Another Python rookie trying to port to C/C++ question.

Don Bruder dakidd at sonic.net
Thu Sep 25 23:21:06 CEST 2003


In article <bkvklh$e2i$02$1 at news.t-online.com>,
 Peter Otten <__peter__ at web.de> wrote:

> Don Bruder wrote:
> 
> > A week or two ago, I asked here about porting Python to C. Got some good
> > answers (Note 1) but now I've got another question. Actually, more a
> > request for clarification of a topic that both the Python tutorial and
> > docs leave a touch murky to my understanding.
> > 
> > Dictionaries/"dict" types...
> 
> As you seem to feel at home with C, you could have a look into
> Objects/dictobject.c and Include/dictobject.h of the source distribution.

I may just go poking around there for more details. 
Someone (via email) suggests that dicts are "supposed to be" (my 
synopsis, not his words) a bit "murky", because all that's supposed to 
be relevant is stuffing things into them, and pulling things out. That's 
fine, completely admirable, and fully acceptable. *IF* You're working 
directly in Python. I'm not. I'm working in a combination of C and C++, 
attempting to duplicate the functionality of a program originally 
written in Python. As such, the details *MUST* get clear if I'm to 
create equivalent functionality. If only because I need to read data 
that was written (presumably...) by a Python program. Hence, it becomes 
neccesary to get down "in the muck" and actually know what's going on 
behind the nice, tidy "dict.whosit.get()" (or whatever other operators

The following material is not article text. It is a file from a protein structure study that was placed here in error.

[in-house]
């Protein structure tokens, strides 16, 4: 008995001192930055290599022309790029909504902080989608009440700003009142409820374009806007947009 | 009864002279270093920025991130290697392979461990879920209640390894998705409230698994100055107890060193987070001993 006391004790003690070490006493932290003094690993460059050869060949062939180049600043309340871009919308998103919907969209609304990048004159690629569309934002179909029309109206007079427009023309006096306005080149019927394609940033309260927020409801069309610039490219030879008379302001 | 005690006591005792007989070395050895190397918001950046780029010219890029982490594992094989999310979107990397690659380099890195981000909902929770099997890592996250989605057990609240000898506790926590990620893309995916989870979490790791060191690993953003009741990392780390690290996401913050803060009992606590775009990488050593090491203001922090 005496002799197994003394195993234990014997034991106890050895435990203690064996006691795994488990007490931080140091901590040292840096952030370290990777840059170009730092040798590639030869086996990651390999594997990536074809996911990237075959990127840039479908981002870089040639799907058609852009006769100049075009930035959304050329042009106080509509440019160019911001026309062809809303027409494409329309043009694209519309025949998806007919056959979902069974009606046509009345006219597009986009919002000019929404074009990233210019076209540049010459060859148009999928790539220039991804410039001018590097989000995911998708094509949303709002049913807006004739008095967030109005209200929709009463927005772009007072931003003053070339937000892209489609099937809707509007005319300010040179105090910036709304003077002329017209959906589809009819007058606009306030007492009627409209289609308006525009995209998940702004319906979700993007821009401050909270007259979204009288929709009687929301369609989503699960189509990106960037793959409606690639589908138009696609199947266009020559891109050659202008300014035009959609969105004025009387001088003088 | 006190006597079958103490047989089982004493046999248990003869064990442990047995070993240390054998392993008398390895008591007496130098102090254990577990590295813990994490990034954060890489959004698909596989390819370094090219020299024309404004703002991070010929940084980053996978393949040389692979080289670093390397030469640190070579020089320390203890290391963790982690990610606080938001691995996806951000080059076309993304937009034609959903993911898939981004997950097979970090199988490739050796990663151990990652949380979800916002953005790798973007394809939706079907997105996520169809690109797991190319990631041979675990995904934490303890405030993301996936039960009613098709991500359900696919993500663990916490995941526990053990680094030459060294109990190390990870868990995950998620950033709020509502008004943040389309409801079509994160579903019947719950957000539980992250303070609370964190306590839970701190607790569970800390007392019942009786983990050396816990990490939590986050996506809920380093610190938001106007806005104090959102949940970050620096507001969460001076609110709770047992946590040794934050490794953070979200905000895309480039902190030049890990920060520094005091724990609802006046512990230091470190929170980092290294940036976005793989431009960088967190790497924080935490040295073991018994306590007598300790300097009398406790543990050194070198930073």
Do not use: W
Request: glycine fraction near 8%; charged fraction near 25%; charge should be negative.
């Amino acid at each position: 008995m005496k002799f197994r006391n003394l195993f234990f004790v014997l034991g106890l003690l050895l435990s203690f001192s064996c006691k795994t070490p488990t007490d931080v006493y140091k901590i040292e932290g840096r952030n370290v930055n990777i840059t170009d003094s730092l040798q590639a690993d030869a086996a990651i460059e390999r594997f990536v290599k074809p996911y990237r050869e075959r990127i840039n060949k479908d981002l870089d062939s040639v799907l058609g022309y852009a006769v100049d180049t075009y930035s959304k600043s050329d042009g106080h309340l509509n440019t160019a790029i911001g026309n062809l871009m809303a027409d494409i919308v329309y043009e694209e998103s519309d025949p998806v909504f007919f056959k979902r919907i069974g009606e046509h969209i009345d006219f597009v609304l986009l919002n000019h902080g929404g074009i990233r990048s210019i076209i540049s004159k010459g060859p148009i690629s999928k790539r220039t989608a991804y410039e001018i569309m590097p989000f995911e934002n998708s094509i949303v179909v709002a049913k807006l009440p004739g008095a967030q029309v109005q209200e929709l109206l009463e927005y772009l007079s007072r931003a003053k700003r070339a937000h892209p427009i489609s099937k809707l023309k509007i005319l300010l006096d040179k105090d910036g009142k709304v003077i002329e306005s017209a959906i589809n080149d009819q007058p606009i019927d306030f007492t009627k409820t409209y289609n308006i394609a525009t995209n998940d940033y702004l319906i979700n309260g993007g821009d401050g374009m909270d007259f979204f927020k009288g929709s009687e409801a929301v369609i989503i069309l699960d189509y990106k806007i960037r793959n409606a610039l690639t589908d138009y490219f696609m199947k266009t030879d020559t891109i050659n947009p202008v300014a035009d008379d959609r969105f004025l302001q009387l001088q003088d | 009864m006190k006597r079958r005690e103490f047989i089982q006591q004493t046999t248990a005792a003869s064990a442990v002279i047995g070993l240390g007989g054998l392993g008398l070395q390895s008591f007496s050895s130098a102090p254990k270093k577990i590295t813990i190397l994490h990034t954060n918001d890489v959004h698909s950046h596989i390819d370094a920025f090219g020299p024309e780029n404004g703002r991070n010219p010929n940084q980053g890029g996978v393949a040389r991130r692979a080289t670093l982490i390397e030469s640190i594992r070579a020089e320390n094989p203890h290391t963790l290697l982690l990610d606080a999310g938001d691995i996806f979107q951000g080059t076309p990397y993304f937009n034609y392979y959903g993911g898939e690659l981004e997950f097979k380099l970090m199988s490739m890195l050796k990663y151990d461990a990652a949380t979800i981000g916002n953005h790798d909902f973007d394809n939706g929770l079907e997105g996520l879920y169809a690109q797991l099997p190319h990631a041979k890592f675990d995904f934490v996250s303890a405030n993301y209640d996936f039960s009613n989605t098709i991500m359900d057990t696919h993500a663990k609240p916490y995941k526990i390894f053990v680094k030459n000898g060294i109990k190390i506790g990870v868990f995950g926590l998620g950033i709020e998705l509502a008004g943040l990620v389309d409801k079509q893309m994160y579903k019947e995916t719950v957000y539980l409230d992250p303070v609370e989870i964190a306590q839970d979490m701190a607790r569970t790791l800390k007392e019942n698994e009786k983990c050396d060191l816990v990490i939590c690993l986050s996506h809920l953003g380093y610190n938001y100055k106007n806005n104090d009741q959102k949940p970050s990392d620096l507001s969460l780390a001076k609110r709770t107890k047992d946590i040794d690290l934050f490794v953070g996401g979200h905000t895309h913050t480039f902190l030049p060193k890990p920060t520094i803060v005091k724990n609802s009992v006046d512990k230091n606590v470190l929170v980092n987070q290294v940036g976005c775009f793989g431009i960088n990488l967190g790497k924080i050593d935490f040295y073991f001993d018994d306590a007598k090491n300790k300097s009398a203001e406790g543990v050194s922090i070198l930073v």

might be involved) interface that Python provides.
> 
> > Which part of "I don't care how good, bad, or indifferent Python is
> > compared to C/C++, or any other language. I want this Python code to be
> > written in C/C++, end of discussion." wasn't clear enough for those of
> 
> Smart people use efficient tools and build on existing libraries. 

There's a statement that needed saying.... Not...


> If you are
> serious about the C++ part of your subject line, the Standard library aka
> STL has a map template that resembles Python's dict and might enhance both
> development and execution speed.

I'm *REASONABLY* serious. This port started life as a "Do you really 
know as much about C++ as you think you do? Prove it! Take this Python 
program and make it C++!" sort of "mid-term" test in my self-taught C++ 
course. It's rapidly degenerating (due to some technicalities of C++ 
that I've never before encountered, and therefore had no expectation of 
trouble from) into "Let's just get the damn thing working in straight C, 
then worry about trying to turn it into C++ later."

> 
> Off topic (or not):
> A single person can start a discussion but not limit it, I think that's a
> feature of newsgroups rather than an annoyance.

Perhaps, and perhaps not. Guess it depends on your perspective. Having a 
stream of insult and invective dumped into your mailbox because you've 
made it plain that you don't consider somebody's "pet" language the 
be-all and end-all of computer programming is hardly what I'd call a 
"feature"...

Be that as it may, fortunately I have a thick enough hide to 
figuratively "flip off" the jerk that was involved, and go on with life 
knowing full well that in at least one respect, I'm so far superior to 
him that words can't describe the gulf between us. Doesn't mean I'm not 
going to mention that I think he's a hopeless putz, but I'm sure not 
going to let it get me down to the point of giving up.

-- 
Don Bruder -  dakidd at sonic.net <--- Preferred Email - SpamAssassinated.
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